“Since love grows within you, so beauty grows. For love is the beauty of the soul.”
Have you ever stayed awake to watch the sun rise? I did this awhile ago. My wife’s water broke in the middle of the night and we were alert from that very pivotal moment, until much much later we held our beautiful baby girl, Eden, safely in our arms. But in those first charged moments, after sending my wife back to bed to wait and sleep, I witnessed the sun slowly and gloriously break into new day. That wonderful morning, beauty spoke to me in whispers, as I waited for both the sun and my sweet child to come.
Now, while I love my sleep, there are just some moments so beautiful that to sleep through them would be a shame. I think this is certainly the kind of thing we see in Matthew 17 where Peter, James and John nearly sleep their way through one of the most terrifyingly beautiful moments of their lives.
After six days Jesus took with him Peter, James and John the brother of James, and led them up a high mountain by themselves. There he was transfigured before them. His face shone like the sun, and his clothes became as white as the light. Just then there appeared before them Moses and Elijah, talking with Jesus.
Peter said to Jesus, “Lord, it is good for us to be here. If you wish, I will put up three shelters—one for you, one for Moses and one for Elijah.”
While he was still speaking, a bright cloud covered them, and a voice from the cloud said, “This is my Son, whom I love; with him I am well pleased. Listen to him!”
When the disciples heard this, they fell facedown to the ground, terrified.
This is, of course, referred to as the “Transfiguration of Jesus,” but I wonder if the title we’ve given this scene is the best. I used to get the impression that this was some magical moment where Jesus became more… Jesus. But was Jesus not yet fully Himself until this? Was He not every bit who His Father said He was already? Something tells me this story is much more human than magical.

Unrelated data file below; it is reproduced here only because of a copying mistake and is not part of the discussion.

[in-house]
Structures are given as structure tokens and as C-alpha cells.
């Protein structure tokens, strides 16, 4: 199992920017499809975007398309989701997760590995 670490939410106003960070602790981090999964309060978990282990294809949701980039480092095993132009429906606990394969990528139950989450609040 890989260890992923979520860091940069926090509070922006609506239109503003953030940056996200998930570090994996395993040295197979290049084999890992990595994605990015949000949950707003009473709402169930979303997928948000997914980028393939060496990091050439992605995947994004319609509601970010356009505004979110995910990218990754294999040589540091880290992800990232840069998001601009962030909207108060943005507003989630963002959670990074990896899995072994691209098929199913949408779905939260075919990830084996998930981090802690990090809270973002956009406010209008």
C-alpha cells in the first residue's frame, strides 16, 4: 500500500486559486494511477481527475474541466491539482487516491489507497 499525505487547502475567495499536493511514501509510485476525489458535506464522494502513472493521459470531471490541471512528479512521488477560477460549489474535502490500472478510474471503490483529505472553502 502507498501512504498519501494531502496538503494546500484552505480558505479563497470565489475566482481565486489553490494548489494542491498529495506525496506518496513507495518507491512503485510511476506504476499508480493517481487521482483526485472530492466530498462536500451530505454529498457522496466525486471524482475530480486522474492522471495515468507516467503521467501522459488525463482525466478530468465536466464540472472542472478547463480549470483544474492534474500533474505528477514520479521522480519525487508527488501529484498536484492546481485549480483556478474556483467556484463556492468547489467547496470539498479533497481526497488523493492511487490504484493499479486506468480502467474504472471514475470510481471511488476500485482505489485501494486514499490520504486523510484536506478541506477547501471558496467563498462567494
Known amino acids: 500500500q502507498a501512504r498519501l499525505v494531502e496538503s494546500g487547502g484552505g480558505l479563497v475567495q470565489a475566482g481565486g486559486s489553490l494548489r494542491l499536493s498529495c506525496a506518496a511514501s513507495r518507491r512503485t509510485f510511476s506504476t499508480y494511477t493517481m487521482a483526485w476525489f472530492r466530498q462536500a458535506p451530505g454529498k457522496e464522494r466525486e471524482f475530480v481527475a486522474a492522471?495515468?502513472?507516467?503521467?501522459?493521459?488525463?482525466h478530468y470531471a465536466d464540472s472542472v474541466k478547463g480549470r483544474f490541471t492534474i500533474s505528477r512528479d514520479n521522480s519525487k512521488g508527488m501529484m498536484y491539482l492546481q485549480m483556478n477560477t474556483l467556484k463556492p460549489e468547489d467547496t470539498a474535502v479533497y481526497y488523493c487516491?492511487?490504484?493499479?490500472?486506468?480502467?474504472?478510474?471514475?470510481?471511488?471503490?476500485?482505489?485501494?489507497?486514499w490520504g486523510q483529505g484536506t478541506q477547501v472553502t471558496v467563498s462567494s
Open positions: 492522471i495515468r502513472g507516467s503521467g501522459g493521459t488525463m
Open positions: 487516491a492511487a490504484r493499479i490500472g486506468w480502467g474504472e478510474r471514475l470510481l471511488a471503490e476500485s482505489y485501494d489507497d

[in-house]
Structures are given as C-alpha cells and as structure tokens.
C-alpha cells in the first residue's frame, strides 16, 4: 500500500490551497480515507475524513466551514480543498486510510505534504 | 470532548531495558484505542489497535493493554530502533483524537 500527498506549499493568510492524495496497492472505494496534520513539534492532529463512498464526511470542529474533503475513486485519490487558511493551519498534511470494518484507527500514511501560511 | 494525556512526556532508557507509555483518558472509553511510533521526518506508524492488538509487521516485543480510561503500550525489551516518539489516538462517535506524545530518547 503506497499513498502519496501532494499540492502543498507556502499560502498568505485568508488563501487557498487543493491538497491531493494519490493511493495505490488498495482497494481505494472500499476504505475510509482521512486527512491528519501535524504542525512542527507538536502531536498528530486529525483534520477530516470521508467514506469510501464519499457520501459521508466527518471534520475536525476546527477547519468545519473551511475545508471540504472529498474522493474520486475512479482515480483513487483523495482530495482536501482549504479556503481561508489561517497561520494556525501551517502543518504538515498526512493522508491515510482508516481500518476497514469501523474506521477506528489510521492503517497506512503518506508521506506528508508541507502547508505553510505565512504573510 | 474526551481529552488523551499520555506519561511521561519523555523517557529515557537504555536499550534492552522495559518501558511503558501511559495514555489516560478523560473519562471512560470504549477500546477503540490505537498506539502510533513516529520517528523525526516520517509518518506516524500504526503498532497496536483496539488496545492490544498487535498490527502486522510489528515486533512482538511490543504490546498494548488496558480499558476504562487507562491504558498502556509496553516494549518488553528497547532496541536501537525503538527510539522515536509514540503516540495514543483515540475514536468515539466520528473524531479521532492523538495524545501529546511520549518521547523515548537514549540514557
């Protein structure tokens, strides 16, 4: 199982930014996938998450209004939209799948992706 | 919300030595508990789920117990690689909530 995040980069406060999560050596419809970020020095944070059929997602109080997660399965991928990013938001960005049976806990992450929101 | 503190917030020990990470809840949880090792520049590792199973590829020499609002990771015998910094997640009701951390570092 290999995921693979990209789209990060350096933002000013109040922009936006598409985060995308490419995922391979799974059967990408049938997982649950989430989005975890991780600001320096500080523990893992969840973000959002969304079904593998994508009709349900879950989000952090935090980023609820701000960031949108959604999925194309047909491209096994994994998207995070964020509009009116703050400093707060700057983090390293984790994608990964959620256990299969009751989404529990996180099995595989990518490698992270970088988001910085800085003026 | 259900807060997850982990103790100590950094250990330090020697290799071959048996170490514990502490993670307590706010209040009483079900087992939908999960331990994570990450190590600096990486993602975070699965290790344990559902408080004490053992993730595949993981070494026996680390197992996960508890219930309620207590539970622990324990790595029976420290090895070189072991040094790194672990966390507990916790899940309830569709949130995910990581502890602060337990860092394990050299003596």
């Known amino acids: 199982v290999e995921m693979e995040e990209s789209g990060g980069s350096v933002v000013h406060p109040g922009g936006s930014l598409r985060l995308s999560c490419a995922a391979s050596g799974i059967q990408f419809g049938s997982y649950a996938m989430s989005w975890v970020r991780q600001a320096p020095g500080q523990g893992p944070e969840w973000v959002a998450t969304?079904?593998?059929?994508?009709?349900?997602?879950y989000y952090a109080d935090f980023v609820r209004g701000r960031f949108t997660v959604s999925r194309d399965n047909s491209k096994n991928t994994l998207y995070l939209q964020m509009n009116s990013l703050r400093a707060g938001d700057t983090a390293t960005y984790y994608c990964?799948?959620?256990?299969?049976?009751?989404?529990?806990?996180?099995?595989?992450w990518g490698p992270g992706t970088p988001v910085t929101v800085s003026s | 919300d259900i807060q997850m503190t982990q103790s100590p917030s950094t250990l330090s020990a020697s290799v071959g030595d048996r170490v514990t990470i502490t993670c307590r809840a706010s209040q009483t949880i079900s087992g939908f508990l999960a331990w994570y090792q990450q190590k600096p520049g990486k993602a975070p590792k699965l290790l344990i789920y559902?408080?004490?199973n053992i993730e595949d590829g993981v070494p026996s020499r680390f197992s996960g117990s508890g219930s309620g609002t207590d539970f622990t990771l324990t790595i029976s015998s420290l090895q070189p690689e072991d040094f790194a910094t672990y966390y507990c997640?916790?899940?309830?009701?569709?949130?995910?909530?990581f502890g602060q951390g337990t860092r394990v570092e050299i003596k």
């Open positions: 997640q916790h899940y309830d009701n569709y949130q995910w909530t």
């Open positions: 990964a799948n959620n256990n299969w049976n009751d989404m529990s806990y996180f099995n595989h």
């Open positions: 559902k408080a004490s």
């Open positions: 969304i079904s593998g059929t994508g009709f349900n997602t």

I’m convinced that His disciples were truly seeing Him for the first time. That is, Jesus had always been radiantly beautiful, and perhaps it is the disciples here who are transfigured by the revelation of that truth, not Jesus.
And it’s not like Jesus comes down from the mountain with people all over town whispering amongst themselves “Whoa..what happened to that guy? He’s glowing and sparkly!” It seems far more likely that all the glory and splendor wrapped in flesh had always been there, just waiting for the eyes of mankind to be opened to it. Isn’t this really a story about the disciples going, “I looked at Jesus and …it was like my eyes could finally see Him, my senses couldn’t take anymore, he was so good…and I was terrified!”
But isn’t that the truest kind of beauty? Beauty so powerful it overwhelms you and at the same time makes you ache for more? I’m certain now this is from where the sweetest kind of love flows, the places where we ache and long. This kind of beauty is Heaven around us existing in ordinary people, and this is probably the most powerful way in which God reveals Himself to us.
I believe this is what Jesus knew and wanted His disciples to experience on that mountain. That beauty isn’t just in the eye of the beholder, but does in fact, transform the beholder to really see.
I believe we never perceive one another more truly than when we see each other’s beauty, the preciousness of our existence. It seems we often think that the ability to see someone truthfully means we can see all their flaws. We say things like, “Well, I love you too much not to tell you truth..” and that truth is always some sort of criticism. How much more beautiful that truth and grace are not values in conflict. It is actually only through the lens of love that we can see one another truthfully, the way God sees. You’ll know it when it happens, because the people around you will suddenly transfigure, more radiant, more beautiful. And you’ll love … man, will you ever love.